Marijuana DUI bill killed in Colorado Senate

On behalf of Anaya-McKedy, P.C. posted in Drunk Driving on Tuesday, May 10, 2011.

We have written several posts on the proposed bill that would have set a legal limit on the amount of THC medical marijuana users could have in their system to drive in Colorado. However, this week, the Colorado Senate killed the bill in a 20 to 15 vote.

The bill, known as House Bill 1261, originally set the proposed DUI limit at 5 nanograms per milliliter of THC in the blood. But after major opposition from medical marijuana advocates and inconclusive scientific data to back the number up, the Senate chose to vote on an amended bill that called for more research to be conducted before a limit was set.

On Monday night, though, the amended the bill was voted down. Some Colorado lawmakers expressed frustration that a limit was not agreed upon, saying that the 5 nanogram limit would have been the highest in the country and would have made the state’s roads safer.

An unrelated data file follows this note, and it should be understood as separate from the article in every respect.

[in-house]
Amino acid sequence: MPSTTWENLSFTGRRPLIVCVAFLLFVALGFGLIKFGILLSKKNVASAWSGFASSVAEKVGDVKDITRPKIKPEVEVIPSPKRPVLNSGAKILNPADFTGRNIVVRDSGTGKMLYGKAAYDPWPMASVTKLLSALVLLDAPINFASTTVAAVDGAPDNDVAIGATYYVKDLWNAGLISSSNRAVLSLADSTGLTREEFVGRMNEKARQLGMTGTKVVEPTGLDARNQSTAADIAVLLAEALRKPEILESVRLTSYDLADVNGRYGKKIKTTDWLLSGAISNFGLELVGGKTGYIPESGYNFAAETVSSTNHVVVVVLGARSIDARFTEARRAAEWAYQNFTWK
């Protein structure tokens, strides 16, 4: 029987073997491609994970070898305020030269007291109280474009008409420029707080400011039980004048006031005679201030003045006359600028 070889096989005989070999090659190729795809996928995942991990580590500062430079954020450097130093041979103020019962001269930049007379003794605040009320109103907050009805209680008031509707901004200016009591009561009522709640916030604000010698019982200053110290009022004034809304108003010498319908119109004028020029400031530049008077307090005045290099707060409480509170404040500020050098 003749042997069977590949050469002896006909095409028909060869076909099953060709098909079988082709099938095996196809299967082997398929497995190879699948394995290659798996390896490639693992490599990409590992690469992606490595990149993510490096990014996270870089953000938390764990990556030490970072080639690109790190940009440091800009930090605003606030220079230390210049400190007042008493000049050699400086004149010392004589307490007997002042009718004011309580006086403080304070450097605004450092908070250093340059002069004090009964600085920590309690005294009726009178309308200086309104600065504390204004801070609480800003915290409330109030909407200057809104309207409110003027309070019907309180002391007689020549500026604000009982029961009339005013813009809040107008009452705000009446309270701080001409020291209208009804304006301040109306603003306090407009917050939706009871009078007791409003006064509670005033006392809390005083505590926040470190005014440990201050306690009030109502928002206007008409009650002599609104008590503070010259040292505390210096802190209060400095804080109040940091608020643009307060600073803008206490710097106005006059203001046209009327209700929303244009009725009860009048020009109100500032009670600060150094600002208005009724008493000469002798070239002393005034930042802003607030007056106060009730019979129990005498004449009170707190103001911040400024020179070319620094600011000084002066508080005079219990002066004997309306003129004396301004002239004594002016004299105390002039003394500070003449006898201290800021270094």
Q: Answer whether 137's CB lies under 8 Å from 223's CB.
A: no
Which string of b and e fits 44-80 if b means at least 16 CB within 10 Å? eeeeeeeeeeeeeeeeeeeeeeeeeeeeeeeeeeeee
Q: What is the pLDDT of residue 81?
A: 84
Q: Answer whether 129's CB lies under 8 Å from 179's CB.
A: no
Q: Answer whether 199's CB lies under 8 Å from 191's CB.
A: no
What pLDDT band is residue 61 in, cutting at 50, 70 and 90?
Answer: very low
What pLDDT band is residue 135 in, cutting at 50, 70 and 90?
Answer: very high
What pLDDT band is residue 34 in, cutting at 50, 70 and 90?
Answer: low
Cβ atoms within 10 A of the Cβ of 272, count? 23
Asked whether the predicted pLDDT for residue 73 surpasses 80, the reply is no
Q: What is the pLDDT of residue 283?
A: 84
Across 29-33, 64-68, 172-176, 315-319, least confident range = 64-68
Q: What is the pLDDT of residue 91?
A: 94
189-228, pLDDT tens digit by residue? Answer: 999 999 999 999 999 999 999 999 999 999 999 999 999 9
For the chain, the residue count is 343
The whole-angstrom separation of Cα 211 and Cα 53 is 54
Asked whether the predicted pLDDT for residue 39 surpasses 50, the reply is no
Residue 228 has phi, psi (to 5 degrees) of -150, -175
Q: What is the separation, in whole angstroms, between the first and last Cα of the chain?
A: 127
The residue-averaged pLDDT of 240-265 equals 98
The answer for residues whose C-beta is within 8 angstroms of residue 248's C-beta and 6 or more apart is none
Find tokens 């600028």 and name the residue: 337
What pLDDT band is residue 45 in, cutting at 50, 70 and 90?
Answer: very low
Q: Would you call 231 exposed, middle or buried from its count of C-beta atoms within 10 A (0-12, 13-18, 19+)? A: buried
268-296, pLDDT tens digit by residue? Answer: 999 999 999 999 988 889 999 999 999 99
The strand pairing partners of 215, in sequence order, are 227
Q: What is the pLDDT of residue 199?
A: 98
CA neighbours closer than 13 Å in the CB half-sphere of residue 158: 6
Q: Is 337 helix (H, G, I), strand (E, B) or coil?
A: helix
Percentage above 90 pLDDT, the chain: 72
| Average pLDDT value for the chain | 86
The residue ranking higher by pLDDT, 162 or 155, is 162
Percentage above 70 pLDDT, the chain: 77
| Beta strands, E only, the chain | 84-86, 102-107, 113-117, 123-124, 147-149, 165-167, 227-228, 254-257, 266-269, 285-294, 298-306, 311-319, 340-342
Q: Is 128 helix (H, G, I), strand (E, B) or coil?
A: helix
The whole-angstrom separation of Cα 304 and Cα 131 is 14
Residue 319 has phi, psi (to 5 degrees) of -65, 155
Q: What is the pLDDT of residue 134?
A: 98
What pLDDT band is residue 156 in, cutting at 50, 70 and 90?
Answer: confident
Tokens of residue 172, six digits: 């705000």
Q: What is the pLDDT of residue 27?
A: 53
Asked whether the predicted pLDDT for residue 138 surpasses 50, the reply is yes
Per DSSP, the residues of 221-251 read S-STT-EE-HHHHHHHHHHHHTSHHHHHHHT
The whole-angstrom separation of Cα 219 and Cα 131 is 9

But the marijuana advocates argued that the state was trying to move too quickly with the law. They said that the limit of 5 nanograms could cause people who were not impaired to be charged with DUIs because there is no conclusive evidence that the chosen level means that a driver is impaired.

The advocates said that people who regularly use marijuana for medical purposes could have a blood level of 5 nanograms even after THC buzz has gone away. They said that there have even been cases of people functioning with 40 nanograms of THC in their systems.

Evidently, the 5 nanograms level came from advice and studies provided by Colorado law enforcement agencies. At least one lawmaker said that he is committed to imposing a legal limit for medical marijuana users and will pursue getting the bill passed again during the next legislative session.

Ultimately, the news means that a DUI specific to medical marijuana users will not be written into the law books anytime soon, or at least not until the next legislative session. But be wary, people who are using marijuana for illegal purposes can still receive a traditional DUI if caught driving under the influence of the drug.

Source: The Colorado Independent, “Senate kills high-driving bill, cites fuzzy science,” Joseph Boven, 5/10/2011.